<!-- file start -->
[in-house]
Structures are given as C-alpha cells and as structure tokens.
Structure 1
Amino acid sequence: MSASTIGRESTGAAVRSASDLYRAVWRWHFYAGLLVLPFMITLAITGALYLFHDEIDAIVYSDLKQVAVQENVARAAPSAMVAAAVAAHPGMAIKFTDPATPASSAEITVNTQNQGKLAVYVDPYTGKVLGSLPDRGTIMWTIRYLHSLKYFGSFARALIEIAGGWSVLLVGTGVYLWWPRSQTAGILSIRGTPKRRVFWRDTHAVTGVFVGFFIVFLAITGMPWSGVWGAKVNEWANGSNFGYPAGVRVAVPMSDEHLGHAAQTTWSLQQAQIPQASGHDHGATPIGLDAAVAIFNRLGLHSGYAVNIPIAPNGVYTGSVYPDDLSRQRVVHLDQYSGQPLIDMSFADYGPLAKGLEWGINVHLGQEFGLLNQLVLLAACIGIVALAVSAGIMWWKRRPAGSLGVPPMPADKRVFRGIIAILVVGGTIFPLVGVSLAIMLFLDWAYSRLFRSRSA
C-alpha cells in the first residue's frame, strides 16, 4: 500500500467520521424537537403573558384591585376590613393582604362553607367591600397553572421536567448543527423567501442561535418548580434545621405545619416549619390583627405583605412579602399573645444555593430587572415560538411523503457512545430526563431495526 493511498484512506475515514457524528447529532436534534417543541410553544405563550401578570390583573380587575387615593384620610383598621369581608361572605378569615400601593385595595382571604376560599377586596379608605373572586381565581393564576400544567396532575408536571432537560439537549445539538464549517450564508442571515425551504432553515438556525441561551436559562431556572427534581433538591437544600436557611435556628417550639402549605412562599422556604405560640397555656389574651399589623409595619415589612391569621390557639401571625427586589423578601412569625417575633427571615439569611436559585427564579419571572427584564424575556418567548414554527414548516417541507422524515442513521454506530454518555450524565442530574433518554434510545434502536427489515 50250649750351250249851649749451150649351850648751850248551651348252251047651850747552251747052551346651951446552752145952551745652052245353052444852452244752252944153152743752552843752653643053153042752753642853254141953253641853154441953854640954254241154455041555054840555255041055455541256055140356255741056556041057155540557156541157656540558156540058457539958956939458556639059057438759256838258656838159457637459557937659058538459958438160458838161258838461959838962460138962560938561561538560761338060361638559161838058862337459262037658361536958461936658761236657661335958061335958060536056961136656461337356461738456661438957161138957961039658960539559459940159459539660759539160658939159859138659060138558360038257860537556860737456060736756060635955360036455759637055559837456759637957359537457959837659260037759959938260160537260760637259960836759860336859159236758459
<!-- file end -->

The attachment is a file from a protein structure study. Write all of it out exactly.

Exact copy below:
[in-house]
Structures are given as C-alpha cells and as structure tokens.
Structure 1
Amino acid sequence: MSASTIGRESTGAAVRSASDLYRAVWRWHFYAGLLVLPFMITLAITGALYLFHDEIDAIVYSDLKQVAVQENVARAAPSAMVAAAVAAHPGMAIKFTDPATPASSAEITVNTQNQGKLAVYVDPYTGKVLGSLPDRGTIMWTIRYLHSLKYFGSFARALIEIAGGWSVLLVGTGVYLWWPRSQTAGILSIRGTPKRRVFWRDTHAVTGVFVGFFIVFLAITGMPWSGVWGAKVNEWANGSNFGYPAGVRVAVPMSDEHLGHAAQTTWSLQQAQIPQASGHDHGATPIGLDAAVAIFNRLGLHSGYAVNIPIAPNGVYTGSVYPDDLSRQRVVHLDQYSGQPLIDMSFADYGPLAKGLEWGINVHLGQEFGLLNQLVLLAACIGIVALAVSAGIMWWKRRPAGSLGVPPMPADKRVFRGIIAILVVGGTIFPLVGVSLAIMLFLDWAYSRLFRSRSA
C-alpha cells in the first residue's frame, strides 16, 4: 500500500467520521424537537403573558384591585376590613393582604362553607367591600397553572421536567448543527423567501442561535418548580434545621405545619416549619390583627405583605412579602399573645444555593430587572415560538411523503457512545430526563431495526 493511498484512506475515514457524528447529532436534534417543541410553544405563550401578570390583573380587575387615593384620610383598621369581608361572605378569615400601593385595595382571604376560599377586596379608605373572586381565581393564576400544567396532575408536571432537560439537549445539538464549517450564508442571515425551504432553515438556525441561551436559562431556572427534581433538591437544600436557611435556628417550639402549605412562599422556604405560640397555656389574651399589623409595619415589612391569621390557639401571625427586589423578601412569625417575633427571615439569611436559585427564579419571572427584564424575556418567548414554527414548516417541507422524515442513521454506530454518555450524565442530574433518554434510545434502536427489515 50250649750351250249851649749451150649351850648751850248551651348252251047651850747552251747052551346651951446552752145952551745652052245353052444852452244752252944153152743752552843752653643053153042752753642853254141953253641853154441953854640954254241154455041555054840555255041055455541256055140356255741056556041057155540557156541157656540558156540058457539958956939458556639059057438759256838258656838159457637459557937659058538459958438160458838161258838461959838962460138962560938561561538560761338060361638559161838058862337459262037658361536958461936658761236657661335958061335958060536056961136656461337356461738456661438957161138957961039658960539559459940159459539660759539160658939159859138659060138558360038257860537556860737456060736756060635955360036455759637055559837456759637957359537457959837659260037759959938260160537260760637259960836759860336859159236758459